Kathleen Radice says
From everything I’ve read, I think a prologue would work well preceding chapter one. My problem is the transition from present time back to 1912. My prologue takes place on a beach with the ocean waves rolling in (present time), while my character reminisces about the past and her ancestors immigrating from Ireland on a ship. In a movie its easy to show this transition as the girl sits on the beach watching as the waves roll in and fades into the waves from the ship from 1912. I don’t know how to write it so that the reader can visualize it. Any suggestions would be welcome. Thank you.
BECCA PUGLISI says
Hi, Kathleen. I prologue can work, but only if it’s done well. My advice for people writing them is to find books that have prologues that work really well. Study them to see why they work, and use those techniques. From my own experience, I would keep the prologue as short as possible. For the time transition, date markers at the start of chapters work really well. Also, be sure to show the new setting right away in chapter 1. Use some multi-sensory descriptors that make it very clear that the temporal setting has changed to an older time. If you use good showing techniques and choose the details carefully (so there isn’t too much setting description), this an be an effective way to handle that jump.
Mary Kate says
Just discovered this article from a link in another article, and just want to say thank you so much for this. I have a fondness for prologues but keep hearing over and over again how much agents hate them. My first manuscript includes a prologue which I think is crucial to my story yet I’ve been advised to cut it. I have a question if anyone’s still checking this thread: my prologue does include my main characters, but they’re there as small children; the action is mainly being driven by the adults in the prologue, one of whom is deceased once the main story begins. I know others have done it this way (Harry Potter — though all JKR’s prologues are labeled “Chapter One”, they are definitely prologues) but is this advisable?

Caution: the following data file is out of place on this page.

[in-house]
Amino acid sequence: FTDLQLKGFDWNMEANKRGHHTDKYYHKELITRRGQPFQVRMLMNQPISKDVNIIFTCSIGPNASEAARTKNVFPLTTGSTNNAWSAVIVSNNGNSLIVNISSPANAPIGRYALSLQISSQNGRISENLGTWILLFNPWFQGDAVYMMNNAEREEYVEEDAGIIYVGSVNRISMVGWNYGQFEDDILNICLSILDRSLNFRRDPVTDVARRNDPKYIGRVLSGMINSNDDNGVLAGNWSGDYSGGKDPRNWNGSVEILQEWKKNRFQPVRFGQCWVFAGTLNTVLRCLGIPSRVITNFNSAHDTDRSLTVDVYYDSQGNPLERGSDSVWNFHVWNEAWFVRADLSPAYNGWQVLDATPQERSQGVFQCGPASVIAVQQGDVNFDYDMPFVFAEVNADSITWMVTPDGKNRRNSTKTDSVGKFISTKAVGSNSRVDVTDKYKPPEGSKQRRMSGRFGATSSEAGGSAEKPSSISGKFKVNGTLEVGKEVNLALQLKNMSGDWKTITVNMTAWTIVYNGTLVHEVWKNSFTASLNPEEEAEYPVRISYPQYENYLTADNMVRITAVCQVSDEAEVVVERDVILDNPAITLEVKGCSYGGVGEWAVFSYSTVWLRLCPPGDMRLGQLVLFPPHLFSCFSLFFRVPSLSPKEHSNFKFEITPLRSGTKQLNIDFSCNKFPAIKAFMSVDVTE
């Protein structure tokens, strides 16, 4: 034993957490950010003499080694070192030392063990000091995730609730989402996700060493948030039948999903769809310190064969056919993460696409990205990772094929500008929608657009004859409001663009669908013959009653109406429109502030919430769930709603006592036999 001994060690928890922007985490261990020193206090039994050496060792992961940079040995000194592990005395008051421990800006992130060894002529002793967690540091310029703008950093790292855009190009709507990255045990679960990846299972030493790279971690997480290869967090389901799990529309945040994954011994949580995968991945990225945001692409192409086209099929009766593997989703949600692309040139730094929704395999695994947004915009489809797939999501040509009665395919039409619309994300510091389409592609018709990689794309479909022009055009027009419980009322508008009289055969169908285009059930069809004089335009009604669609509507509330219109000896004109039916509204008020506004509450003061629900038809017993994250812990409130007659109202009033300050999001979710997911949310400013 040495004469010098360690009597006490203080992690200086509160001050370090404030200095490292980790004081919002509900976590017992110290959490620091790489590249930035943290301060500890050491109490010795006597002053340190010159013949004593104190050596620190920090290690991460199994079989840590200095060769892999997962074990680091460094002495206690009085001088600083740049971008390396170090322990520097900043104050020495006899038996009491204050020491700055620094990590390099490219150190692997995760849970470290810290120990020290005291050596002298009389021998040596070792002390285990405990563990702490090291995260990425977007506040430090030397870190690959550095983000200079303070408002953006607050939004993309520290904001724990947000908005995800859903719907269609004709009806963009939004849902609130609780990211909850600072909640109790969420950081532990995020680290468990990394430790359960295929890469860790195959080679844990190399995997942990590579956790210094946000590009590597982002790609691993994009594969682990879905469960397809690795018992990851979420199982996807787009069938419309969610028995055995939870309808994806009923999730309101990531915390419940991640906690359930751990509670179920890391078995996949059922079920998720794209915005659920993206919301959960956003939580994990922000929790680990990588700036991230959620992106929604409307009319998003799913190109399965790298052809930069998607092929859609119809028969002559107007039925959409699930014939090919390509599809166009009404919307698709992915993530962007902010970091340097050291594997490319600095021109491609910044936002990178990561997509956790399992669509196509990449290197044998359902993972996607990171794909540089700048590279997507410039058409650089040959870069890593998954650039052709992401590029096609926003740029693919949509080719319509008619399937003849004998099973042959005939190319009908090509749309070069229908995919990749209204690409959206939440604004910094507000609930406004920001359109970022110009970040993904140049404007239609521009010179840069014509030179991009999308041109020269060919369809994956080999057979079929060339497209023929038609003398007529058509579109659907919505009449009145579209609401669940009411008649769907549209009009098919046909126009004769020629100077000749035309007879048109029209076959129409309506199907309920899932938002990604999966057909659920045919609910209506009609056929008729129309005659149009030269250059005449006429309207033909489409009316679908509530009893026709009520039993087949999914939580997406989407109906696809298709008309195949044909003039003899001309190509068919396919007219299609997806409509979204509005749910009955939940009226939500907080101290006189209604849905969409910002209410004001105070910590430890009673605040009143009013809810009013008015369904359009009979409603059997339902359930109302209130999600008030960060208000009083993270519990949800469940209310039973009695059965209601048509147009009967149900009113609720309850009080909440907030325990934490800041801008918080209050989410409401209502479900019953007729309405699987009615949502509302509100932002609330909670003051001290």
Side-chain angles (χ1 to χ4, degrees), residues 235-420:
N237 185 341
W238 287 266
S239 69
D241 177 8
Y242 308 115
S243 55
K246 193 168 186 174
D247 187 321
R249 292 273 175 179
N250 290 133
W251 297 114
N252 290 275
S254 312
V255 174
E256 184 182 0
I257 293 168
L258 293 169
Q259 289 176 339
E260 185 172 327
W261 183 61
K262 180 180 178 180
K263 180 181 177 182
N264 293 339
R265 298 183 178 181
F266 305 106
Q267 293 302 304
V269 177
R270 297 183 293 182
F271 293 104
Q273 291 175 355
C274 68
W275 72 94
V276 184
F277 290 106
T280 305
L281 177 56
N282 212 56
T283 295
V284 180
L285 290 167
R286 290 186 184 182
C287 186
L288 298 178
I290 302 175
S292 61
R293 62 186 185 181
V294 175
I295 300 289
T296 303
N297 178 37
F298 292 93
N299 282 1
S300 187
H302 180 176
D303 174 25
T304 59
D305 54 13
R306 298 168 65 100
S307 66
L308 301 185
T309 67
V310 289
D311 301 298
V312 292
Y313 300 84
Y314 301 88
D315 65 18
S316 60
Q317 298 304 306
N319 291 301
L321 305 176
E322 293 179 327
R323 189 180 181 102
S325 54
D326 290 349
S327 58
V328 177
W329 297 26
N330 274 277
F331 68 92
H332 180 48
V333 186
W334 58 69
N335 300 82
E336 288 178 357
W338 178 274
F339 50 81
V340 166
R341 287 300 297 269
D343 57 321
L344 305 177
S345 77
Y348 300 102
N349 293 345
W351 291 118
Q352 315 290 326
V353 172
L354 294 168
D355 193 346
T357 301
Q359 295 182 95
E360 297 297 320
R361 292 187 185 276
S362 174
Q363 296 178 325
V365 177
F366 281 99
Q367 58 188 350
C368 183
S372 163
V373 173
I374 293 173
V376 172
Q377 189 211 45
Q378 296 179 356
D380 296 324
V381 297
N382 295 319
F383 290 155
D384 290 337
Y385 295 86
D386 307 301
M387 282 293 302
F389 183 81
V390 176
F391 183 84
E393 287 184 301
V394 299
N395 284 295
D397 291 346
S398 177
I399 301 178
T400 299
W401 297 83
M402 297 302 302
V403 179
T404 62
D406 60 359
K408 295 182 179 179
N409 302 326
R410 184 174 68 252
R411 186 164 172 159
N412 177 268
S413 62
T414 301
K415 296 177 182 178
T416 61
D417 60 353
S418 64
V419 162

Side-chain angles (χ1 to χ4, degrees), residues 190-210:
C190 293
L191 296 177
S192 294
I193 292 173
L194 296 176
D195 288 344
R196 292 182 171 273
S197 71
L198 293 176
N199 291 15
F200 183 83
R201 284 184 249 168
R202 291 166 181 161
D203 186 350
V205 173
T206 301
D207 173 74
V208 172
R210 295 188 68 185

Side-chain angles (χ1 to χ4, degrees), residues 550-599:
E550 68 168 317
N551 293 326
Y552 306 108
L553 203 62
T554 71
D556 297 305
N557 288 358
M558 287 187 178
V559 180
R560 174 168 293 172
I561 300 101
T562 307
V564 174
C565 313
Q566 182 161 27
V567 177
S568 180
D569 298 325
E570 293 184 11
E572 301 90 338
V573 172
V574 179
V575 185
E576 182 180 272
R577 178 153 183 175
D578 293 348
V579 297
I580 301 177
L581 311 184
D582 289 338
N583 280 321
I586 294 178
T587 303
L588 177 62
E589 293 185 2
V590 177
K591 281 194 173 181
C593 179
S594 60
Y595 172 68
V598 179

BECCA PUGLISI says
Mary Kate, prologues can be done, but it’s my opinion that they’re typically done wrong, which is why agents and editors advise against them. The successful ones are often done by successful authors (like Rowling and Sepetys, mentioned in the post), who are always able to get away with more. So it’s not always advisable to look to those authors as examples of how certain questionable practices can be done. In regards to your prologue, I would ask yourself a few questions: What is your prologue’s purpose? If it’s only to convey important backstory information, it’s likely unnecessary. Another question: which information in the prologue is truly necessary, and how else could it be conveyed through the context of the current story? Most of the time, I find that the important information in prologues can be shared in smaller portions as the current story is being told, without having to show the entire scene up front. Also, if you’ve been advised to cut the prologue, I’d try and find out why the person advised to cut it. If there’s a legitimate reason they suggested this (it slowed the pace, it wasn’t interesting, it didn’t fit with the rest of the story, etc.), then it’s something to seriously consider. My two cents :).